So it's really complicated. I think on some level, like me, I'm just tired and haven't slept. So, you know, talk to me, let them give me more specific information.

So I would say that's really clever because that's it's often said in the person and that's what we'd say in good communication. I would certainly say read through the pages and try and work out what they want and give them.

Yeah, there's like people that can understand me at all and there's some people that get me like this. So what's the difference? They're paying attention. I would imagine so. I think. Yeah, well, I mean, it's true. So, you know, we are about at the end of all time. This is an amazing panels. I'd really love to see you guys on this topic at such different backgrounds and points of view. It's been amazing.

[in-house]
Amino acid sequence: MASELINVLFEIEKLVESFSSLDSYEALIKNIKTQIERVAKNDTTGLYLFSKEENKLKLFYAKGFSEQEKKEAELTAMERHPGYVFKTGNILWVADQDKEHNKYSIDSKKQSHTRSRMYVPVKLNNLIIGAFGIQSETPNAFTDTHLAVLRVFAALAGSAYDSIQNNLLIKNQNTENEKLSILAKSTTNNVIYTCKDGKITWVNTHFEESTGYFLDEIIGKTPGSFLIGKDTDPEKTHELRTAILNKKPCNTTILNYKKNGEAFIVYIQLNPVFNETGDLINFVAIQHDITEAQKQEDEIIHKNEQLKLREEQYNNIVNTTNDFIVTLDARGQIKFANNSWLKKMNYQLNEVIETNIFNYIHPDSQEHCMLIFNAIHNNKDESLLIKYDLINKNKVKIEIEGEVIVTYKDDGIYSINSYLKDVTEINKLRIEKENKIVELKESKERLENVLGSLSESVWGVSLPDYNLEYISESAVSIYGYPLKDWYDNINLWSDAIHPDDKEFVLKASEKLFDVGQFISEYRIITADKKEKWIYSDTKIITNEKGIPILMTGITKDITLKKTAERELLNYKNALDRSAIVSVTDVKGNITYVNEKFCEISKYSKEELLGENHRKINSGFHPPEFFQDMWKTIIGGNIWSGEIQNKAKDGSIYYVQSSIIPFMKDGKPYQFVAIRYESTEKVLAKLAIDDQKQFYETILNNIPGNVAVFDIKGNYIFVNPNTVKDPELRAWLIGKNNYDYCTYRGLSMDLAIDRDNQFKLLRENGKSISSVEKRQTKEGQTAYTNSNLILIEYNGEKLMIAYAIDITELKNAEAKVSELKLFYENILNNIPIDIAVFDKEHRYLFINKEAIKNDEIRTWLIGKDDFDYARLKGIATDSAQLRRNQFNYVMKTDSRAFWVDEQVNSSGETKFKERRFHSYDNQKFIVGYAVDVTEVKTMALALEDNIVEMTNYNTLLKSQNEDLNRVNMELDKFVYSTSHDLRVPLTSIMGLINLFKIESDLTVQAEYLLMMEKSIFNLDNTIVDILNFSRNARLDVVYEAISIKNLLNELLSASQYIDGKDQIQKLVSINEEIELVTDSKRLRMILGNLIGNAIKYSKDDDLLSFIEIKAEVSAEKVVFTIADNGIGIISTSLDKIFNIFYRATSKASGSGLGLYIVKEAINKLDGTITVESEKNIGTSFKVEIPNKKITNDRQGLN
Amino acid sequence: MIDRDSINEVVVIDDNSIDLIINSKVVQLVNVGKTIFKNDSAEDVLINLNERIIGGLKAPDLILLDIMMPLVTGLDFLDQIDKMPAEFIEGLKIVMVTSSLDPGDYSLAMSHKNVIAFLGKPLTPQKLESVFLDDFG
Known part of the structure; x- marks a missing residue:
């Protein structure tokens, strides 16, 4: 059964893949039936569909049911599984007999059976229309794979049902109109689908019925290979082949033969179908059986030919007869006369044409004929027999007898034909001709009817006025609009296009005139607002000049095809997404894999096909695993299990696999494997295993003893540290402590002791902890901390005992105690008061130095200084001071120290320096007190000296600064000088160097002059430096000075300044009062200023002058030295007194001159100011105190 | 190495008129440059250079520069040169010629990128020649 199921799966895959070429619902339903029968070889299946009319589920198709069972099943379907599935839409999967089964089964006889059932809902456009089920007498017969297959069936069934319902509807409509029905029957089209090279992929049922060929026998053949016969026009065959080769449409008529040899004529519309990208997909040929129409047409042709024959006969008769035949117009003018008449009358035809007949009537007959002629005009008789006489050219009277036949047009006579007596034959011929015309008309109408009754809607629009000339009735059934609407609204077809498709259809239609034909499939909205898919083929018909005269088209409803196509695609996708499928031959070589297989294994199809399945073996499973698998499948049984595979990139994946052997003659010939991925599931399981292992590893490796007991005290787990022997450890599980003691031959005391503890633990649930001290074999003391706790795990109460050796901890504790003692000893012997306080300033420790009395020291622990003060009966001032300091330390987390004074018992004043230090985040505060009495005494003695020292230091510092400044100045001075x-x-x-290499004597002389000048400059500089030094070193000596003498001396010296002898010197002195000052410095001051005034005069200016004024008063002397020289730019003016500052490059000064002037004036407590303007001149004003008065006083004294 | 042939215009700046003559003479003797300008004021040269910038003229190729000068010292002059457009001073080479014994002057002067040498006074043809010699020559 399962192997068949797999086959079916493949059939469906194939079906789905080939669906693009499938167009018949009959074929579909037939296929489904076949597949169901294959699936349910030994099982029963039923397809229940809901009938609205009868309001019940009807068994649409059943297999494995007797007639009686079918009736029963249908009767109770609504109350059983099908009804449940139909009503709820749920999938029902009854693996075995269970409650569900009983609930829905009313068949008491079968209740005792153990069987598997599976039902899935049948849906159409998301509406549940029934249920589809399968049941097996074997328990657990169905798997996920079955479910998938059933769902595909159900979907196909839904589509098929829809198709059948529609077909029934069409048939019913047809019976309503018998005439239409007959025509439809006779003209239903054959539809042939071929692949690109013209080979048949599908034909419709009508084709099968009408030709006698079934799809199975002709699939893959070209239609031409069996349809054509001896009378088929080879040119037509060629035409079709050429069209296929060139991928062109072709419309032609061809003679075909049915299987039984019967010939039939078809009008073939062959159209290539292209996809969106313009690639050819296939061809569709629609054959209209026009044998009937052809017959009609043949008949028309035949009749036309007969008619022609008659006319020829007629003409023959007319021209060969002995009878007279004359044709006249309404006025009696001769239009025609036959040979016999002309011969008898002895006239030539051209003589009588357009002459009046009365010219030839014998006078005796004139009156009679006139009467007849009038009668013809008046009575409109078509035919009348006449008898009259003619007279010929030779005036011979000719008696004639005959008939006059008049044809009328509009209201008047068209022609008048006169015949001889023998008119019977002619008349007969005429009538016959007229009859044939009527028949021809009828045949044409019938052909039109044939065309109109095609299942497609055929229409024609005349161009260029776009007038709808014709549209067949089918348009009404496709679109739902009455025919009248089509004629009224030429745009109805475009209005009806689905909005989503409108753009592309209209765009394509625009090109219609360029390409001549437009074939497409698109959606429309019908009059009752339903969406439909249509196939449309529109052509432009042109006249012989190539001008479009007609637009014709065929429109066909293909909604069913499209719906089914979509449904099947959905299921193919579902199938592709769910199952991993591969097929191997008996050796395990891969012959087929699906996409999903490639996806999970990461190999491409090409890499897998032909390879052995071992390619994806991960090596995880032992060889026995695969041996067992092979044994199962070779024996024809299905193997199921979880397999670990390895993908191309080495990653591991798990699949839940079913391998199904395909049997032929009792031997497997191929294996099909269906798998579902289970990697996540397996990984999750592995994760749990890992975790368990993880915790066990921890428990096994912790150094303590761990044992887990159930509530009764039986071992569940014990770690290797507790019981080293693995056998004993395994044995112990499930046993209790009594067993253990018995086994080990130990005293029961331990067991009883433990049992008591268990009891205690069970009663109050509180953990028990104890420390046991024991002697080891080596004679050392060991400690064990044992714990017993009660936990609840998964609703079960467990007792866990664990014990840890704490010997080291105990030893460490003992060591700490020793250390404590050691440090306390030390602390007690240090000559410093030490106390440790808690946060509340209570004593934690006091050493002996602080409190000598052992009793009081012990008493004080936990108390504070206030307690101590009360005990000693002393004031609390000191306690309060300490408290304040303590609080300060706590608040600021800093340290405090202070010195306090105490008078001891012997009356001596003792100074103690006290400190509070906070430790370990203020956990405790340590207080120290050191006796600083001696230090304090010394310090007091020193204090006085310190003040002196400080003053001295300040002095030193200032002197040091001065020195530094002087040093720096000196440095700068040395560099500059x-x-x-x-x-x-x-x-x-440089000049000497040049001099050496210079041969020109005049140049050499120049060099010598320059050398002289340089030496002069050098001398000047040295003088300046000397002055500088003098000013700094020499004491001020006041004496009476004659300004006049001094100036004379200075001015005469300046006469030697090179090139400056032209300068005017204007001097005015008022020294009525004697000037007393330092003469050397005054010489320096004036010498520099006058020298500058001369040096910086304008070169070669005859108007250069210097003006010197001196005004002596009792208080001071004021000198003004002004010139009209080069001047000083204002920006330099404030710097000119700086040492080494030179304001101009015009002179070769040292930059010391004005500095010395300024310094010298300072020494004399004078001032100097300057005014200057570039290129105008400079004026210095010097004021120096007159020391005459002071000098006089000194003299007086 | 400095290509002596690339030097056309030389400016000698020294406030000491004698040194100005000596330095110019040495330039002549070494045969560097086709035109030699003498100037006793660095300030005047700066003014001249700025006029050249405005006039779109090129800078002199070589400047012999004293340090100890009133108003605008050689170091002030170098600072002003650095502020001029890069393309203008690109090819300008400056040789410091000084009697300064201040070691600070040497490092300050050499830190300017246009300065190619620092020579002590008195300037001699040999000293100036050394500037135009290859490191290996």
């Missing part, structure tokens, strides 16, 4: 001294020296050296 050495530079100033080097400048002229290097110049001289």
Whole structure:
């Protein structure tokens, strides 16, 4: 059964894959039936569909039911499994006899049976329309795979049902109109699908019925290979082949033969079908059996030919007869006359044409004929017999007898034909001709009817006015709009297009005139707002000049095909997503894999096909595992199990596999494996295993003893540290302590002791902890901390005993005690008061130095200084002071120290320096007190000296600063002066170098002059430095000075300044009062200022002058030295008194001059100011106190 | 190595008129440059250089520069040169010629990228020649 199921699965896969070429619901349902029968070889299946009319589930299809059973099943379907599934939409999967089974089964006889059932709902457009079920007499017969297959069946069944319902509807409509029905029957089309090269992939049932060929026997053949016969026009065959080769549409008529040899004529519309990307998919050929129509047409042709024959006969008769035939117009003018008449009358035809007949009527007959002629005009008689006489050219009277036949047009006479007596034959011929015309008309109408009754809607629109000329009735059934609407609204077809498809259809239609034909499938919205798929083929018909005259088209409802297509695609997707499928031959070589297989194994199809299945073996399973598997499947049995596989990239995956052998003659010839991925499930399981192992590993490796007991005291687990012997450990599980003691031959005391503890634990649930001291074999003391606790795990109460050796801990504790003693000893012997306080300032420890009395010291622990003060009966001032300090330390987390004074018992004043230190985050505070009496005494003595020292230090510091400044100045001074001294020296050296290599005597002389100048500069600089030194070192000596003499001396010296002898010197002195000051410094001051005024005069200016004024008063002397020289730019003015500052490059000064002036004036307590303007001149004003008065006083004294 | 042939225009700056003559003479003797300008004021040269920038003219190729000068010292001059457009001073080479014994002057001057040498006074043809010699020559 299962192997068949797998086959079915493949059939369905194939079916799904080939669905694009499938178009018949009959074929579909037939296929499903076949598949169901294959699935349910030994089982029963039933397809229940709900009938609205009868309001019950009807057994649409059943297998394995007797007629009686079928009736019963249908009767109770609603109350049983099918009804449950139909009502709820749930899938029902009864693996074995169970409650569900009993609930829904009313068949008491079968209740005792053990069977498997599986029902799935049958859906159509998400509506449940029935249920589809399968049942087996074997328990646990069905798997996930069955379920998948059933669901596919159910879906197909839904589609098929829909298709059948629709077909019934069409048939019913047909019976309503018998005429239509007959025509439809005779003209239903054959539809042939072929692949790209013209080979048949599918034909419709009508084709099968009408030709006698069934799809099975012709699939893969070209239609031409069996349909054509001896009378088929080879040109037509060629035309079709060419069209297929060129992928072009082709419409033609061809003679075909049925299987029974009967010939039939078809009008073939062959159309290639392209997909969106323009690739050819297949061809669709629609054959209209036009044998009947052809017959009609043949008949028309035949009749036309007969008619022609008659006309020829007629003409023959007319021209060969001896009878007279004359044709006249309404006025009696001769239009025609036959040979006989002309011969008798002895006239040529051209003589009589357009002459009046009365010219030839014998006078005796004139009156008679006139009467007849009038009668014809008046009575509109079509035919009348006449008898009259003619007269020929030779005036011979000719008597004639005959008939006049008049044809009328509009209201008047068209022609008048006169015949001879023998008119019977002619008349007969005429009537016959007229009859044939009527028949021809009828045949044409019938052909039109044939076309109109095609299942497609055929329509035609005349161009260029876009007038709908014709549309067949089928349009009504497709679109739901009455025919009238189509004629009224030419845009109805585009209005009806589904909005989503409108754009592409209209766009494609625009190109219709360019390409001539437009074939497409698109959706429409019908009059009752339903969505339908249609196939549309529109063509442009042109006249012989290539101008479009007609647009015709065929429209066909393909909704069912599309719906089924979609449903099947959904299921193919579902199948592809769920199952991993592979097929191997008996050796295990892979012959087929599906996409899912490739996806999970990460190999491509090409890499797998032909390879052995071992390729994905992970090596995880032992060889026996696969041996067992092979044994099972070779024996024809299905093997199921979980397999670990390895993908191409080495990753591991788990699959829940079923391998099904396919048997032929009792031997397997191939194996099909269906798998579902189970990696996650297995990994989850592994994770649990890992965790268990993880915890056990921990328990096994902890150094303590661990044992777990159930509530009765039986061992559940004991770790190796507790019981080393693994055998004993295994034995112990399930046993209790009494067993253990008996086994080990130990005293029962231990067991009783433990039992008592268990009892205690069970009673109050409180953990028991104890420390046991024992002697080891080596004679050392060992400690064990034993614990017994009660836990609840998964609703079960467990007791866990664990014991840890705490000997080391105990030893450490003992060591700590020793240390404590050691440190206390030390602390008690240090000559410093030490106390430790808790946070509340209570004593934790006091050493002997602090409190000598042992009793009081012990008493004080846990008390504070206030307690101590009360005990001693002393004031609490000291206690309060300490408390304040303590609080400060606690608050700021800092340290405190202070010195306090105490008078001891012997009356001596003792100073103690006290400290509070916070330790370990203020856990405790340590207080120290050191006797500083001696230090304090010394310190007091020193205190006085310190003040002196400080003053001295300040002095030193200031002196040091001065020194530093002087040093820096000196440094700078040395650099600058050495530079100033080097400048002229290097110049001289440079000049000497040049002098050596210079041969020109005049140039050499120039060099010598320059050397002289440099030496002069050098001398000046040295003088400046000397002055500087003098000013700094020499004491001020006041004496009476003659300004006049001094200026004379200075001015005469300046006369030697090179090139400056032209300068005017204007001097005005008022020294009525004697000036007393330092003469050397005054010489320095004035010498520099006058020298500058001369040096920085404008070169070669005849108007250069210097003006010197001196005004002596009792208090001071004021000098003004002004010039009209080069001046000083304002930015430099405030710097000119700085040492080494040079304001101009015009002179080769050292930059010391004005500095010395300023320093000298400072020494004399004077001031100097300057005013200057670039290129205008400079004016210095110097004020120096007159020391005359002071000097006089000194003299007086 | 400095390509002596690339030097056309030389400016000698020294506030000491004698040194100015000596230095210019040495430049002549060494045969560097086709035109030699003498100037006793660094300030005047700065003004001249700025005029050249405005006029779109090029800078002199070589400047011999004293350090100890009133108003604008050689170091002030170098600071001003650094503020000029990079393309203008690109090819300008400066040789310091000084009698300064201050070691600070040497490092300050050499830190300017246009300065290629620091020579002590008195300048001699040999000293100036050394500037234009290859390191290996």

Let's just get just one or two sentences because we really are at the edge of just our final thoughts on this. Friends, a relationship maybe if I get to leave office. What are your final thoughts on all of this?

I know what you want to get. Understand what what you're looking for, what solution that you need in your organisation, you know? Yeah, really. That was it. And then reach out to those vendors say I say is somebody I mean, you know, I run my own company. And I would say if I got if I got a customer, potential customer, just know what they want. Very difficult for me to make them happy, you know?

Let's go to Sasha.